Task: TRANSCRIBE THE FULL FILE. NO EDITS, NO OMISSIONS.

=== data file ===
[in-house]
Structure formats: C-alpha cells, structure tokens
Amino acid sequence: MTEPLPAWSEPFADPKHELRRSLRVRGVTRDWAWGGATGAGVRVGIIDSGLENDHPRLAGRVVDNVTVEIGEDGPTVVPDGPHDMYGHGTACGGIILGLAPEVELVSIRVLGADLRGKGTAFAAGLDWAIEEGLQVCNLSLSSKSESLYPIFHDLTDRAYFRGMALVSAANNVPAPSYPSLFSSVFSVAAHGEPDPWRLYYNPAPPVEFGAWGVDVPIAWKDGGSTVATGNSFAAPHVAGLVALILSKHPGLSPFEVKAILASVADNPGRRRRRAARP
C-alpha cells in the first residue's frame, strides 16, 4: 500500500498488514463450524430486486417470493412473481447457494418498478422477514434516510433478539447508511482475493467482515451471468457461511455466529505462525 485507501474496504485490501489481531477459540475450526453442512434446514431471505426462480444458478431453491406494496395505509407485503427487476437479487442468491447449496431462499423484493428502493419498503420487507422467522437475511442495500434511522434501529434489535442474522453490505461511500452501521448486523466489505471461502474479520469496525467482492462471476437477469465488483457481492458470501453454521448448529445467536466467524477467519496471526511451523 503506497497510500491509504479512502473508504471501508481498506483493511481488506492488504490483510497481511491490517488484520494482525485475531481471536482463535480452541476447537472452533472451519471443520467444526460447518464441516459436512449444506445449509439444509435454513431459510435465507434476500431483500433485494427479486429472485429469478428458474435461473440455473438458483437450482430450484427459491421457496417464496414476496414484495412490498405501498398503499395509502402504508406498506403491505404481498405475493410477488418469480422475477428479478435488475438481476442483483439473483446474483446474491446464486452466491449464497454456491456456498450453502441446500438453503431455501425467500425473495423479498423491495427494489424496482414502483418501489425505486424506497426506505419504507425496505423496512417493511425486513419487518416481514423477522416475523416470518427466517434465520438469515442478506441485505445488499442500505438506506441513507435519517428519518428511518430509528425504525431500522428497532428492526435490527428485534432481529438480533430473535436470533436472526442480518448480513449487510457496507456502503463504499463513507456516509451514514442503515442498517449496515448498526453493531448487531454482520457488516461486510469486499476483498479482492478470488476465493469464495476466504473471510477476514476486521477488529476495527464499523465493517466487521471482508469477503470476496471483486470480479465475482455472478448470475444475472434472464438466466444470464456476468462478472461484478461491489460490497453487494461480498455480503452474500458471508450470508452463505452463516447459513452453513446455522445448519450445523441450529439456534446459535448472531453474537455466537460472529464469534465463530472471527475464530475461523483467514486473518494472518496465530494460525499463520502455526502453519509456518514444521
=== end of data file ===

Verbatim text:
[in-house]
Structure formats: C-alpha cells, structure tokens
Amino acid sequence: MTEPLPAWSEPFADPKHELRRSLRVRGVTRDWAWGGATGAGVRVGIIDSGLENDHPRLAGRVVDNVTVEIGEDGPTVVPDGPHDMYGHGTACGGIILGLAPEVELVSIRVLGADLRGKGTAFAAGLDWAIEEGLQVCNLSLSSKSESLYPIFHDLTDRAYFRGMALVSAANNVPAPSYPSLFSSVFSVAAHGEPDPWRLYYNPAPPVEFGAWGVDVPIAWKDGGSTVATGNSFAAPHVAGLVALILSKHPGLSPFEVKAILASVADNPGRRRRRAARP
C-alpha cells in the first residue's frame, strides 16, 4: 500500500498488514463450524430486486417470493412473481447457494418498478422477514434516510433478539447508511482475493467482515451471468457461511455466529505462525 485507501474496504485490501489481531477459540475450526453442512434446514431471505426462480444458478431453491406494496395505509407485503427487476437479487442468491447449496431462499423484493428502493419498503420487507422467522437475511442495500434511522434501529434489535442474522453490505461511500452501521448486523466489505471461502474479520469496525467482492462471476437477469465488483457481492458470501453454521448448529445467536466467524477467519496471526511451523 503506497497510500491509504479512502473508504471501508481498506483493511481488506492488504490483510497481511491490517488484520494482525485475531481471536482463535480452541476447537472452533472451519471443520467444526460447518464441516459436512449444506445449509439444509435454513431459510435465507434476500431483500433485494427479486429472485429469478428458474435461473440455473438458483437450482430450484427459491421457496417464496414476496414484495412490498405501498398503499395509502402504508406498506403491505404481498405475493410477488418469480422475477428479478435488475438481476442483483439473483446474483446474491446464486452466491449464497454456491456456498450453502441446500438453503431455501425467500425473495423479498423491495427494489424496482414502483418501489425505486424506497426506505419504507425496505423496512417493511425486513419487518416481514423477522416475523416470518427466517434465520438469515442478506441485505445488499442500505438506506441513507435519517428519518428511518430509528425504525431500522428497532428492526435490527428485534432481529438480533430473535436470533436472526442480518448480513449487510457496507456502503463504499463513507456516509451514514442503515442498517449496515448498526453493531448487531454482520457488516461486510469486499476483498479482492478470488476465493469464495476466504473471510477476514476486521477488529476495527464499523465493517466487521471482508469477503470476496471483486470480479465475482455472478448470475444475472434472464438466466444470464456476468462478472461484478461491489460490497453487494461480498455480503452474500458471508450470508452463505452463516447459513452453513446455522445448519450445523441450529439456534446459535448472531453474537455466537460472529464469534465463530472471527475464530475461523483467514486473518494472518496465530494460525499463520502455526502453519509456518514444521